ADA 2009: Depression Linked to Low Insulin Sensitivity in Type 2 Diabetes

Martha Kerr

June 15, 2009

June 15, 2009 (New Orleans, Louisiana) — Researchers at the University of Connecticut in Farmington report that depression is associated with low insulin sensitivity and that treatment of depression decreases insulin resistance.

Results of a study of depressed adults in a diabetes prevention program at the University of Connecticut were announced here at the American Diabetes Association (ADA) 69th Scientific Sessions.

Julie Wagner, PhD, associate professor in the Division of Behavioral Sciences and Community Health at the University of Connecticut Health Center, presented findings from 56 obese adults at risk for type 2 diabetes and symptoms of metabolic syndrome.

Mean age was 46 years (±13 years), mean body mass index was 39 kg/m2 (±7 kg/m2), mean waist circumference was 44 inches (±7 inches), mean fasting glucose was 96 mg/dL (±12 mg/dL), and whole-body insulin sensitivity was 3.1 (±1.9). Of the cohort, 90% were female and 53% were white.

Other risk factors for type 2 diabetes included family history, gestational diabetes, delivery of a baby of 9 pounds or larger, hypertension, high low-density-lipoprotein cholesterol, high triglycerides, and low high-density-lipoprotein cholesterol.

Individuals with a history of a 2-hour postprandial glucose load of 200 mg/dL or higher or a history of treatment with metformin for impaired glucose tolerance were excluded from the study.

Subjects were categorized into 1 of 3 groups: nondepressed (57%); depressed (23%), defined as a score of 16 or greater on the Centers for Epidemiologic Studies Depression (CESD) Scale; or treated for depression (20%).

Mean CESD score was 5.2 (±3.0) for nondepressed subjects, 28.6 (±9.6) for depressed subjects, and 19.6 (±12.2) for those treated for depression.

Dr. Wagner noted that approximately half of those treated for depression (46%) scored above 16 on the CESD Scale. That is, these patients still showed signs of significant depression despite treatment.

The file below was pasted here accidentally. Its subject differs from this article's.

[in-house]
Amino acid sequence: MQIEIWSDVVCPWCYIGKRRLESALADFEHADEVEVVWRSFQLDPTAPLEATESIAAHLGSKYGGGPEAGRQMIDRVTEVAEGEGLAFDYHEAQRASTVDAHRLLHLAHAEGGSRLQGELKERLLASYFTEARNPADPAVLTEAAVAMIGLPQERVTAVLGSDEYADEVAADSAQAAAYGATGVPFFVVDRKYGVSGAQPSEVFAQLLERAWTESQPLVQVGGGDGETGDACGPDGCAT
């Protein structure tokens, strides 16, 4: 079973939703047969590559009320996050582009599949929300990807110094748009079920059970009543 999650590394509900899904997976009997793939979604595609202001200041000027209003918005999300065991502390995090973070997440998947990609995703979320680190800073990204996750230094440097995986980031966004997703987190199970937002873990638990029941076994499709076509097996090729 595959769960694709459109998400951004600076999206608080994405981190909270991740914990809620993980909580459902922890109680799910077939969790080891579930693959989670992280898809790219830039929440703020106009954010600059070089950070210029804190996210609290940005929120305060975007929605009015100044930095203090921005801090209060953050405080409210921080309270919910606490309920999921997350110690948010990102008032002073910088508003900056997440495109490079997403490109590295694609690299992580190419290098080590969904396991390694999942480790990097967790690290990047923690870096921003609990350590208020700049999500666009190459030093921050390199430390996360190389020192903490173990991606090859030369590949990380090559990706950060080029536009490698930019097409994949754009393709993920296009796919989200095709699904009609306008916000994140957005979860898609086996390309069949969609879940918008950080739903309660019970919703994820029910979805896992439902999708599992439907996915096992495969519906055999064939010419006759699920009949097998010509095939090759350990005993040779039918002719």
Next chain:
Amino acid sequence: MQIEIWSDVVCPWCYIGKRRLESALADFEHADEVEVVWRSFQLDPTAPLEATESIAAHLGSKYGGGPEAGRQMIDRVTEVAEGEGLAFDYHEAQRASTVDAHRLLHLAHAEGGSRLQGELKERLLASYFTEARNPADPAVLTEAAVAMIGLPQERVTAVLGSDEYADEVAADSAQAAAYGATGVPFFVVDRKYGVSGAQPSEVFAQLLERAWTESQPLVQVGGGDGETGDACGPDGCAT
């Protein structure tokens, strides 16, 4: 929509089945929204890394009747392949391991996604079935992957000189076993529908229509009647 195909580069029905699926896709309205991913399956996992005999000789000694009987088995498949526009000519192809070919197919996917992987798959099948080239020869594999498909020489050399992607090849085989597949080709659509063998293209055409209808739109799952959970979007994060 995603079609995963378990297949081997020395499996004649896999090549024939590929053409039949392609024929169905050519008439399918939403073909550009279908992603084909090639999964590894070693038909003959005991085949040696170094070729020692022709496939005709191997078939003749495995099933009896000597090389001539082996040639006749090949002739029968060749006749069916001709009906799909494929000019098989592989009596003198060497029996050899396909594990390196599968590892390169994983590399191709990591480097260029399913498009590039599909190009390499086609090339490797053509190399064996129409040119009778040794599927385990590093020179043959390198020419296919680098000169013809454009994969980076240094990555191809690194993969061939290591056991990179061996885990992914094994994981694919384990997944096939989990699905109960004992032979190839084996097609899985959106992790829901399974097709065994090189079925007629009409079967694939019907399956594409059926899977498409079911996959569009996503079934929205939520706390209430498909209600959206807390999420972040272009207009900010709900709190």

Level of physical activity was documented using the Physical Activity subscale of the Health Promoting Lifestyle Profile 4-point scale. Dr. Wagner reported that depression scores were inversely correlated with physical activity (r = –0.36) and insulin sensitivity (r = –0.30).

Subjects with untreated depression had significantly lower insulin sensitivity (mean insulin sensitivity, 1.79 ± 0.91) than nondepressed individuals (mean insulin sensitivity, 3.39 ± 1.78; P < .05).

Adults treated for depression had insulin sensitivities similar to nondepressed adults (mean, 3.10 ± 1.86; P = .63). The association remained after controlling for physical activity (P = .28).

"Depressed subjects have a 37% increased risk of developing diabetes," Dr. Wagner noted during her presentation. "Evidence indicates that insulin resistance and depression are related."

"Treatment for depression in adults at risk for type 2 diabetes may improve insulin resistance," Dr. Wagner told Medscape Diabetes & Endocrinology. "Further research is needed to determine if treatment of depression contributes to delaying or decreasing the risk for type 2 diabetes."

"This is a very significant study," R. Paul Robertson, MD, ADA's president of medicine and science and an endocrinologist at Swedish Medical Center in Seattle, Washington, told Medscape Diabetes & Endocrinology.

"Treatment of depression, effective treatment, is critical, and I'm not talking about just with drugs. Patients may only need counseling, but the depression is something that needs to be addressed," Dr. Robertson emphasized.

"Depression is tied up with a lot of the issues surrounding diabetes. Obesity is a big part of this disease, and the more overweight patients are, the more depressed they get, and the more inactive they get, as you can see in [Dr. Wagner's] study, the worse the depression. It is a vicious cycle."

"Effective treatment of the depression might [stop] the cycle," Dr. Robertson said. "With effective treatment, patients will tend to change some of their other behaviors" that increase the risk for type 2 diabetes.

"The bigger question," Dr. Robertson observed, "is whether the depression is part of the diabetes or part of chronic disease in general."

The study was privately funded. Dr. Wagner has disclosed no relevant financial relationships. Dr. Robertson receives support from Merck & Co.

American Diabetes Association (ADA) 69th Scientific Sessions: Abstract 1850-P. Presented June 8, 2009.

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